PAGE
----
The diagnostic interview for the probands and their relatives was a modified version of the DSM-III-R semistructured Schedule for Affective Disorders and Schizophrenia, current and lifetime versions (21). The probands and interviewed first-degree relatives provided family history data for all their first-degree relatives by means of a version of the Family History Research Diagnostic Criteria developed by Andreasen and colleagues for data collected by the family history method and adapted to DSM-III and DSM-III-R criteria (22). The final diagnoses were best estimates based on all available information, including the diagnostic interview, family history reports of each proband and relative, and medical records. Best estimates were performed by psychiatrists with expertise in substance use and anxiety disorders who were blind to the diagnostic status of the probands and relatives. Each case was reviewed by at least two diagnosticians.
The tobacco section of the diagnostic interview included questions on age at onset of cigarette use, as well as the frequency and quantity of daily smoking. Lifetime smoking history was characterized according to the presence of heavy regular use (i.e., more than one pack of cigarettes or 20 or more cigarettes per day).
Logistic regression analyses were conducted, as well as standard chi-square tests for the associated contingency tables (SAS, SAS Institute, Inc., Cary, N.C.). The co-aggregation of smoking and depressive disorders was examined by the inclusion of these conditions in the probands and relatives, as well as adjustment for the effects of proband ascertainment source, sex, and psychiatric and substance use disorder comorbidity in the probands and relatives. Although case-control sampling was used to select the probands in this study, the relatives were a historical cohort group. The relatives were stratified by exposure type (proband group) and then followed from birth until disease onset (before the interview date) to assess the onset of disorders by means of recall. We chose to assign a dichotomous measure of disorder status (i.e., yes/no) rather than age at onset. For adults, recalling ages for levels of tobacco use or ages at onset for depressive disorders may be problematic. Furthermore, most relatives had aged beyond the period of risk for onset of the outcomes of interest. Because the data were prospective in nature, relative risk was the appropriate measure of association between exposure and disease. Since the outcomes in our study group were not rare events, the odds ratio was not a good estimator of the population’s relative risk. Thus, instead of using a logistic regression model, we used a relative-risk regression model (23) to estimate risk ratios and their standard errors in our analyses (GLIM, Numerical Algorithms Group, Ltd., Oxford, U.K.). This model for binary outcomes uses a log link function and restricts the parameter space to keep predicted values within the 0–1 range. Estimates and confidence intervals are presented. Analysis of variance was used to examine continuously defined variables with SAS. All analyses were two-tailed.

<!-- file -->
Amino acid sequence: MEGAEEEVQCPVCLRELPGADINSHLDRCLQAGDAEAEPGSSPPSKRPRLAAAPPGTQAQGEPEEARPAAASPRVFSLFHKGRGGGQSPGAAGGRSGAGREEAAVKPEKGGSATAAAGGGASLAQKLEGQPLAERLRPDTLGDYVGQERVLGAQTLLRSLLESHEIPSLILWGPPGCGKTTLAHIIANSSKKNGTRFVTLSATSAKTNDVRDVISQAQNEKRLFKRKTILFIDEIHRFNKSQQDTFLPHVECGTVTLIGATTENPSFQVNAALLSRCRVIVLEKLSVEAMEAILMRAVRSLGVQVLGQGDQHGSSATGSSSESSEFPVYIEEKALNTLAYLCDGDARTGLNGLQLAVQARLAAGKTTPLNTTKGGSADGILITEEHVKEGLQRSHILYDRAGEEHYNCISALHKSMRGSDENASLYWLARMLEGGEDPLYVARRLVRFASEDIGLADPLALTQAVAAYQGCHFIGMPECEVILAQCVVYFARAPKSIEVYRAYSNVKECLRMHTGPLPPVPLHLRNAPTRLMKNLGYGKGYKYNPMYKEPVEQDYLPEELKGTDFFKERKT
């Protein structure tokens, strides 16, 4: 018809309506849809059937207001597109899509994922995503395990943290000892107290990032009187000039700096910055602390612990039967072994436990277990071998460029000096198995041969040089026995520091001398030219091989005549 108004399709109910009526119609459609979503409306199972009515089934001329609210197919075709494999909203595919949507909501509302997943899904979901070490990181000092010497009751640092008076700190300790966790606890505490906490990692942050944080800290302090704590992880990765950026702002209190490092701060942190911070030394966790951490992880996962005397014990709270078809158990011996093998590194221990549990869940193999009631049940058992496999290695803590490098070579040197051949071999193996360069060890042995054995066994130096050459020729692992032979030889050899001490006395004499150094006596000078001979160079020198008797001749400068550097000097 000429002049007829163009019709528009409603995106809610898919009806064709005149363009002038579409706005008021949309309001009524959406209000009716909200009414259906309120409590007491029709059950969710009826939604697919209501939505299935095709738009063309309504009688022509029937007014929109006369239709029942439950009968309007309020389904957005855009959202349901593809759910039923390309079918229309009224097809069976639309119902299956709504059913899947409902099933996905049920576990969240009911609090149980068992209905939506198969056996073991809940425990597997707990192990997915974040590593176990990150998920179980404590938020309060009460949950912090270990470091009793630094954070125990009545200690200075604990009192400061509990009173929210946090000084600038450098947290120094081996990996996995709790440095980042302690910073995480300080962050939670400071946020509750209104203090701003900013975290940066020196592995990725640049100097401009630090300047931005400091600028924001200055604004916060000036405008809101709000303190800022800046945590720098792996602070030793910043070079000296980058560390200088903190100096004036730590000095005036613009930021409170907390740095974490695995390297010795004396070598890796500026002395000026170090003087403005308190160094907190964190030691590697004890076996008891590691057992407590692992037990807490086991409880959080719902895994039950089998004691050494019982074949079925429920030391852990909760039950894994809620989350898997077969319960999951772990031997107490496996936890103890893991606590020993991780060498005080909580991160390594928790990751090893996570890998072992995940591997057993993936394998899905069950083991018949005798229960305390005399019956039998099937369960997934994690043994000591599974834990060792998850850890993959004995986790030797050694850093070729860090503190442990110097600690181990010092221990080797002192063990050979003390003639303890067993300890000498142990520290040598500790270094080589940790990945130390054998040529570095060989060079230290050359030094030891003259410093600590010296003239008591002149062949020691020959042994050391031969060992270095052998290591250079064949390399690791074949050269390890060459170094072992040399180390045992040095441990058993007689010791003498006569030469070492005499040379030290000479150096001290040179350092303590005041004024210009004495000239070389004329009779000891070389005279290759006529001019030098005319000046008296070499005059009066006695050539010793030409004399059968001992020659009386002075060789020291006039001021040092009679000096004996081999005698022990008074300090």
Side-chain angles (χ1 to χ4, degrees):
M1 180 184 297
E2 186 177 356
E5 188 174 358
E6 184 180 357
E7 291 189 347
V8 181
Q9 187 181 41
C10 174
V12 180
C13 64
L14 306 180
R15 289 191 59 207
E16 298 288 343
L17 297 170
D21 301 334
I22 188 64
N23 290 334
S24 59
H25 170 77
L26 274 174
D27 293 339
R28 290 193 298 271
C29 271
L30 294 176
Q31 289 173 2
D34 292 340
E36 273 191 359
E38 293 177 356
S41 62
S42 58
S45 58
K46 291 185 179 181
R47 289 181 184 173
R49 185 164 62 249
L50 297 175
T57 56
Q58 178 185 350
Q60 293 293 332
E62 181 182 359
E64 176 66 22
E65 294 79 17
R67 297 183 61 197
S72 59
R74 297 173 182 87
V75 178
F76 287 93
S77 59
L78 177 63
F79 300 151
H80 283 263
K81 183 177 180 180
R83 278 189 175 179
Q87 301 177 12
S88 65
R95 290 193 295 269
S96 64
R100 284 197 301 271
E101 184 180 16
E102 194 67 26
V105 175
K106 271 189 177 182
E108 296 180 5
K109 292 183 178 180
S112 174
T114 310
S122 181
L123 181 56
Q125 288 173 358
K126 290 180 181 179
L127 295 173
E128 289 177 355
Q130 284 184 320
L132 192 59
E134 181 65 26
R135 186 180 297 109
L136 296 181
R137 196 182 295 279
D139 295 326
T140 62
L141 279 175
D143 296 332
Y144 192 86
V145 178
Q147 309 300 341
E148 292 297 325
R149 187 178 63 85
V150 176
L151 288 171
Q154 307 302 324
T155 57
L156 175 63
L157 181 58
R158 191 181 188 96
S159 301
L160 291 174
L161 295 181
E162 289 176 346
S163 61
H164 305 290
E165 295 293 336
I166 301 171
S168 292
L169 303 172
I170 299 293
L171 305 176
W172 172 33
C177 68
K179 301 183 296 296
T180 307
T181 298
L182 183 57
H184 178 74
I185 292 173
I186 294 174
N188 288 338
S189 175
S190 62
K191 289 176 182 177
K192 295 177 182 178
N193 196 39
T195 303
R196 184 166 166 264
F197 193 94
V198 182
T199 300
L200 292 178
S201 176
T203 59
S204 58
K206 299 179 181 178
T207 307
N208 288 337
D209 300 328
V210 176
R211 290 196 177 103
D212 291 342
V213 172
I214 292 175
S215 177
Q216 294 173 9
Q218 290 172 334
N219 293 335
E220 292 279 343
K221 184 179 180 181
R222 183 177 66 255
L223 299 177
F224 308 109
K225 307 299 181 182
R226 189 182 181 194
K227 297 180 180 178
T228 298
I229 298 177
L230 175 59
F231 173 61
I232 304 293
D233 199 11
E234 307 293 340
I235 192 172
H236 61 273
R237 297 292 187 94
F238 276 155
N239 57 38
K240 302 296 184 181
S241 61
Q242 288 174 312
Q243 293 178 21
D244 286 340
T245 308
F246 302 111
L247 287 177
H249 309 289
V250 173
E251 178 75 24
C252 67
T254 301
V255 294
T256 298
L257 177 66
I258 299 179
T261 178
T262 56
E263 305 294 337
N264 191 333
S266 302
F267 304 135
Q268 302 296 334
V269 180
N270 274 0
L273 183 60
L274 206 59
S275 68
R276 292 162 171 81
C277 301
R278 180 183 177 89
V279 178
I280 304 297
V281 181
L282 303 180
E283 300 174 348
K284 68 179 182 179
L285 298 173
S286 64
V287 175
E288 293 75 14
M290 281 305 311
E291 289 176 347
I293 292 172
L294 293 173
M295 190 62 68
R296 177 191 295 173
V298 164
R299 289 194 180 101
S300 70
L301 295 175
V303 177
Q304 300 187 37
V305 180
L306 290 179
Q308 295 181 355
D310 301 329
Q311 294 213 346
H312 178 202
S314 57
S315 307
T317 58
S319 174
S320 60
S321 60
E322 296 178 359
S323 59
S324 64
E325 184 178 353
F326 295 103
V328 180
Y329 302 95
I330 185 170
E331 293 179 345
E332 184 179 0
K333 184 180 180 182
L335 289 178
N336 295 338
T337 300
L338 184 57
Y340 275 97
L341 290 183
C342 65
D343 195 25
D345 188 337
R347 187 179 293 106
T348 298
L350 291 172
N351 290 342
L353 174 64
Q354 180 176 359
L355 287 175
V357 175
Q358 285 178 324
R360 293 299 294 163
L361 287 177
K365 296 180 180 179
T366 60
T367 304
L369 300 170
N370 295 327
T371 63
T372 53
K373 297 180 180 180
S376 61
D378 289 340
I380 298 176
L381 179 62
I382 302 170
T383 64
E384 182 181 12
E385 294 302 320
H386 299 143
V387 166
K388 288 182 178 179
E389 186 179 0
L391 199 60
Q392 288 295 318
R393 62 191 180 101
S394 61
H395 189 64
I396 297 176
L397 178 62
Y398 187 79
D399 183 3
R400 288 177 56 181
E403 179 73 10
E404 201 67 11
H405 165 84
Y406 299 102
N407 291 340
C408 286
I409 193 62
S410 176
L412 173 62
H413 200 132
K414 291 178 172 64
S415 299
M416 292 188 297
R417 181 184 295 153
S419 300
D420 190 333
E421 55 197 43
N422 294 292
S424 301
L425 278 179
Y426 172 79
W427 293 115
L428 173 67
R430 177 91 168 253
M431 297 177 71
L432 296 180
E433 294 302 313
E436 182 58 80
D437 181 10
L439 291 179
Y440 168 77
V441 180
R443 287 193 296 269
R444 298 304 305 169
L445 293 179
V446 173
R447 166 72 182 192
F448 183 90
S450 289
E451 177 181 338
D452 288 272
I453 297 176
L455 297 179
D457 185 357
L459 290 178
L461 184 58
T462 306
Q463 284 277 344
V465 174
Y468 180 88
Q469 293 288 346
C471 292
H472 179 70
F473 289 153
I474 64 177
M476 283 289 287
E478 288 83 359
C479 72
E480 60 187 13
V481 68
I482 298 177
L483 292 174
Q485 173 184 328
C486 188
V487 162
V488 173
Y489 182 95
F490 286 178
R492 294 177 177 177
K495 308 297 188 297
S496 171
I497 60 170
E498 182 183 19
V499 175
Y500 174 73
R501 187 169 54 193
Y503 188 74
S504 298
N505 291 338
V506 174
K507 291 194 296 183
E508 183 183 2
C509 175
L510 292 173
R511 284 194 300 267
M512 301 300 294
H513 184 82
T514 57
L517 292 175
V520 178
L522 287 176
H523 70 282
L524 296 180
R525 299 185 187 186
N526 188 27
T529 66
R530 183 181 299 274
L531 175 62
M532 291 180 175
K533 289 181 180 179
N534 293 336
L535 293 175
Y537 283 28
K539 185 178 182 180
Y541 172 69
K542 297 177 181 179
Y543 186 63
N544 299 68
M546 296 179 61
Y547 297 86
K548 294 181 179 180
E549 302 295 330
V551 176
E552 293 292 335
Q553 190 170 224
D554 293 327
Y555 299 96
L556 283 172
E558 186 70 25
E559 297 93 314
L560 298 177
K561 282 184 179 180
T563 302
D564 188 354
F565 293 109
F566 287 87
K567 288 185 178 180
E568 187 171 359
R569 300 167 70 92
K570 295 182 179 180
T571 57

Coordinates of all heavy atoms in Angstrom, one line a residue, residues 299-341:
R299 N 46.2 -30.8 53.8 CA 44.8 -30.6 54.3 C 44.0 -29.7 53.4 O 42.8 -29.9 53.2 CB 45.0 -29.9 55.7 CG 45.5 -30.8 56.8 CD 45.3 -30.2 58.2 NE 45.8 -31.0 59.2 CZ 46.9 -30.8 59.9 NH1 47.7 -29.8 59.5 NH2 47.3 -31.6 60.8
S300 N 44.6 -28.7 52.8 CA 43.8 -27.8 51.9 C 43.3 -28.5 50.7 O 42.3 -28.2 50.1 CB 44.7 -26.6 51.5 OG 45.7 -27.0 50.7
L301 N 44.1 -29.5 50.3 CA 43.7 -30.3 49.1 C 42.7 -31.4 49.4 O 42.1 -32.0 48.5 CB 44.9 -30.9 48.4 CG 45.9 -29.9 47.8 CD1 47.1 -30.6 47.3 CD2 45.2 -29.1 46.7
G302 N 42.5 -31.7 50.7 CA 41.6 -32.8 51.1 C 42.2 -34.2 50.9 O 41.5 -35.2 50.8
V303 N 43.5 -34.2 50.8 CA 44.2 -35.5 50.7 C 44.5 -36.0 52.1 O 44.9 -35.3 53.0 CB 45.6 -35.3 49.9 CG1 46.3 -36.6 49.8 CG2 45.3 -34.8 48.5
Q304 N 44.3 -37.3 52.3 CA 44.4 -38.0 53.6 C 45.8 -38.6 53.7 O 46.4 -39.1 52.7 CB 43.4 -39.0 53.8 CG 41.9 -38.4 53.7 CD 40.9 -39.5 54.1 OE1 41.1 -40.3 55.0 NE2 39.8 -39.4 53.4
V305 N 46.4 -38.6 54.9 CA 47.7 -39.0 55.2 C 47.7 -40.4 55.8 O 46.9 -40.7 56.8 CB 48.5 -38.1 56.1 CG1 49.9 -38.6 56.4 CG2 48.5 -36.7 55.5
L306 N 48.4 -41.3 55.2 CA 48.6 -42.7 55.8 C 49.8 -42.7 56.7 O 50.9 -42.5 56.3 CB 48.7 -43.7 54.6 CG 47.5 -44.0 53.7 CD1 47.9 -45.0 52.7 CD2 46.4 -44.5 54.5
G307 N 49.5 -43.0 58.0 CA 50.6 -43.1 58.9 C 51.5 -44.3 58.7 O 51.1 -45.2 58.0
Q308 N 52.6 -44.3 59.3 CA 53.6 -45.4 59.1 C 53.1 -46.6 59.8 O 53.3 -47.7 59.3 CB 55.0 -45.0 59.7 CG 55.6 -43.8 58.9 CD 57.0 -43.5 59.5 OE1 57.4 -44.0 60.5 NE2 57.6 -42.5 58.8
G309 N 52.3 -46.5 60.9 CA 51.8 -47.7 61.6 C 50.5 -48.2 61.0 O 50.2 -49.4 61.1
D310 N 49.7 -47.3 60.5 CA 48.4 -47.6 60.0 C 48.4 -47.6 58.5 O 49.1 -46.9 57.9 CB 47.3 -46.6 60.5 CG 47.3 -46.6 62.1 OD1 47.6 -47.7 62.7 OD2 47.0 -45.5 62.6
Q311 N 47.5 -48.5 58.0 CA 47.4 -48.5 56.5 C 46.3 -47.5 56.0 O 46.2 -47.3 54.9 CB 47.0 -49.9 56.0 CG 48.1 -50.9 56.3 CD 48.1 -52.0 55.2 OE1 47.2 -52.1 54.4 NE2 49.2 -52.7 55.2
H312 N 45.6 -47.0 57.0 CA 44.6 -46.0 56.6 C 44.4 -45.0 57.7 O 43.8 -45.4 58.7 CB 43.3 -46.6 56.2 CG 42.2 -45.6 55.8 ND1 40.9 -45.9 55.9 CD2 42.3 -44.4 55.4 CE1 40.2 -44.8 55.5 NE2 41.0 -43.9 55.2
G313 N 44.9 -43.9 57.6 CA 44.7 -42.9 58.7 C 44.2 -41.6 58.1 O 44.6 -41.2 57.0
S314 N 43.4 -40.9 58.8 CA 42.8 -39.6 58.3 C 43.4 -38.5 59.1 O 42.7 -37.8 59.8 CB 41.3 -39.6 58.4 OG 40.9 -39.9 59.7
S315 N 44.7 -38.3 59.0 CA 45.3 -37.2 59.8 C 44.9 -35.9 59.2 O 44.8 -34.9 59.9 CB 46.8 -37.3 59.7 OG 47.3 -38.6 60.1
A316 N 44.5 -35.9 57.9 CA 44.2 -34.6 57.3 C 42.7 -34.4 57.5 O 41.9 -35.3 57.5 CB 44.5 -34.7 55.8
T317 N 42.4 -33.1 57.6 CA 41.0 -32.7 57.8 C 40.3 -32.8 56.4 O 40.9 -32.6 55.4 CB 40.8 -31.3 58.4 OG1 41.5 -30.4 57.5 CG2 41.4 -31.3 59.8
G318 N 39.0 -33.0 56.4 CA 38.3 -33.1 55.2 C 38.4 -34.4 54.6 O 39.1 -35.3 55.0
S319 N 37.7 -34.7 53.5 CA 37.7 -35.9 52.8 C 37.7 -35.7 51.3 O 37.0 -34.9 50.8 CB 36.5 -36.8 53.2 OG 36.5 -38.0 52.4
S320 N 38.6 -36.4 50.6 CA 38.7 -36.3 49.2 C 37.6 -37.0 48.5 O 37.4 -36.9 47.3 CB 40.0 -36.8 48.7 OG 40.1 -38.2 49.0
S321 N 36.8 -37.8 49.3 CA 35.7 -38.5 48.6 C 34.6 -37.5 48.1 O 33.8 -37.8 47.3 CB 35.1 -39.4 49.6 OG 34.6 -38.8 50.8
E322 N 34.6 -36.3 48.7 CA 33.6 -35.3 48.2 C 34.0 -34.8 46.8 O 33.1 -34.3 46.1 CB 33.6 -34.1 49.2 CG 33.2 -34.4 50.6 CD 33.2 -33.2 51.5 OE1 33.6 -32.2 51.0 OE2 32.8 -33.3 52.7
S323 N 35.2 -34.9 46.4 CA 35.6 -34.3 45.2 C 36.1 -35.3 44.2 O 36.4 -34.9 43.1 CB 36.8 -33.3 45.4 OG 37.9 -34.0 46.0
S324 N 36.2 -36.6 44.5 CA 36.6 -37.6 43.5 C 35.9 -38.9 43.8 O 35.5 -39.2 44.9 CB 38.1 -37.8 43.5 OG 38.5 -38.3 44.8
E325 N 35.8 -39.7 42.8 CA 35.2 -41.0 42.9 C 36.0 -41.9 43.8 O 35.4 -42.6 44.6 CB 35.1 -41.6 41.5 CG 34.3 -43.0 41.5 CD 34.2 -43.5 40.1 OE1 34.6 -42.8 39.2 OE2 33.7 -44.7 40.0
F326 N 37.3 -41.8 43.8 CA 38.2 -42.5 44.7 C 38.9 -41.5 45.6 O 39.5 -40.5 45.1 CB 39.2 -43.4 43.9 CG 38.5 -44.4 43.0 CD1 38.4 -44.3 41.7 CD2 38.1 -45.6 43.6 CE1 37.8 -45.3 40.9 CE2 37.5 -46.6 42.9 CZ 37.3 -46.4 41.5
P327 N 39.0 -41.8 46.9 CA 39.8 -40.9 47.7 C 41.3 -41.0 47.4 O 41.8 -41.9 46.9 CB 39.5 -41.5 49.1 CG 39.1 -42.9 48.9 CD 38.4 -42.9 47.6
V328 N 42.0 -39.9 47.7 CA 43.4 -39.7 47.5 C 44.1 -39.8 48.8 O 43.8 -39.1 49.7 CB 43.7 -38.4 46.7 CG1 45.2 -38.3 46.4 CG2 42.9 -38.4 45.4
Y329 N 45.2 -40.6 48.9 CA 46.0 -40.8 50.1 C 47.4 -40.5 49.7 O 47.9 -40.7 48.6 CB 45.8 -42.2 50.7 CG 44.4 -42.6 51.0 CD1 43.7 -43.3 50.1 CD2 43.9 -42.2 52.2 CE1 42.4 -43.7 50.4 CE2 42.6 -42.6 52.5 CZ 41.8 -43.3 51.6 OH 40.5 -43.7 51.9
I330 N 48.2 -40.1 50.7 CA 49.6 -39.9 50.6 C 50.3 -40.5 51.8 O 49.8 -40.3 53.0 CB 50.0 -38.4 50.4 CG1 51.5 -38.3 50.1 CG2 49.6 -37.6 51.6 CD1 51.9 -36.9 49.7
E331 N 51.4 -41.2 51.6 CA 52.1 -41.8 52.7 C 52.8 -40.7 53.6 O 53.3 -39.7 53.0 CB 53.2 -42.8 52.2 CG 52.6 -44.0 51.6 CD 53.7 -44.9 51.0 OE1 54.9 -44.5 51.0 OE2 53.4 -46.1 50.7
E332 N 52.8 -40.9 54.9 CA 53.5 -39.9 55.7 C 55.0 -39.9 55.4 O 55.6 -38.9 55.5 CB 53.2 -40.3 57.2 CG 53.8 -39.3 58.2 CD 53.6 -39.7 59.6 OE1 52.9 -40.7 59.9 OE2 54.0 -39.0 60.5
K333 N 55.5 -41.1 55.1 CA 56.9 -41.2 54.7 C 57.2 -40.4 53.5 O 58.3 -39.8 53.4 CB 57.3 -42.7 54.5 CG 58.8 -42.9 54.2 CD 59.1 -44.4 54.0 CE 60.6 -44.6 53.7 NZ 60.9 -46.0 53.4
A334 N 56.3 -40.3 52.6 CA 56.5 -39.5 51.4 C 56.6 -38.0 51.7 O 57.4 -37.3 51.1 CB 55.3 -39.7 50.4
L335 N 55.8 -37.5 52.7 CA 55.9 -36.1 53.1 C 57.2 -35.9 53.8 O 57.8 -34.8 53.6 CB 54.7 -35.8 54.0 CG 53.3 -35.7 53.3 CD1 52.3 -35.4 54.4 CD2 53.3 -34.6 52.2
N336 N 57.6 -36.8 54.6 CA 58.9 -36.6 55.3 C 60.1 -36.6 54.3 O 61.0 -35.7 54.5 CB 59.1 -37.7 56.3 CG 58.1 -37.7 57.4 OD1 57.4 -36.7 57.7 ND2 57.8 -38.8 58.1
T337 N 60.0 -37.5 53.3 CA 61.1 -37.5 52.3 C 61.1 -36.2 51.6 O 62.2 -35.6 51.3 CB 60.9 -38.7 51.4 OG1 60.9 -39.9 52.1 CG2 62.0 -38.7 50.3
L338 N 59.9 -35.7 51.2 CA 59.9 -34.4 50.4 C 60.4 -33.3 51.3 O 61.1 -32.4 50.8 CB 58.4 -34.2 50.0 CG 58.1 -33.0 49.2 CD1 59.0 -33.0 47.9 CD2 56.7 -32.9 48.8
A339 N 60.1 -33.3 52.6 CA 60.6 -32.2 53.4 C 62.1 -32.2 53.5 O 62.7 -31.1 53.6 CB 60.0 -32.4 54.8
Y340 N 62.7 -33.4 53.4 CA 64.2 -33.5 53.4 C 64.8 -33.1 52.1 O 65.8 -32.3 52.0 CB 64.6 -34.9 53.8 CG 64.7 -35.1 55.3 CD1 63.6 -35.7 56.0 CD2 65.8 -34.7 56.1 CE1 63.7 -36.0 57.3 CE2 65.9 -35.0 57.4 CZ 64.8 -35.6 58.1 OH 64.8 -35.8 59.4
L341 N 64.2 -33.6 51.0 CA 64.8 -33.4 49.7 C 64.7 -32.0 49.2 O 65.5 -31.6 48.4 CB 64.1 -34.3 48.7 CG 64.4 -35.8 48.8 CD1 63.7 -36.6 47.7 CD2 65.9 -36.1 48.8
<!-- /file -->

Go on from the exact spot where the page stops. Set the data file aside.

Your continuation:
Mutually exclusive proband groups were created on the basis of the presence of heavy regular smoking and major depression. These groups included those with comorbid major depression and heavy smoking, major depression without heavy smoking, and heavy smoking without major depression; there were also groups of psychiatric comparison subjects (their predominant diagnoses included alcohol and drug use disorders, generalized anxiety disorder, agoraphobia, social phobia, panic disorder, and dysthymia) and normal comparison subjects. The demographic and psychiatric disorders that were the basis of selection are presented in t1. The probands were between the ages of 25 and 56 (mean age=40 years, SD=6). A total of 53% (N=70) of the probands were female, and 47% (N=63) were male. Alcohol abuse or dependence was more prevalent among probands with both major depression and heavy smoking than among probands with only one of these conditions or among psychiatric comparison subjects (χ2=13.82, df=3, p<0.004). The rates of drug abuse or dependence, dysthymia, and anxiety disorders were similar across groups, with the exception of the normal comparison subjects. Proband groups were also similar in terms of age, sex, and socioeconomic status on the basis of chi-square tests.
Comorbidity Among Relatives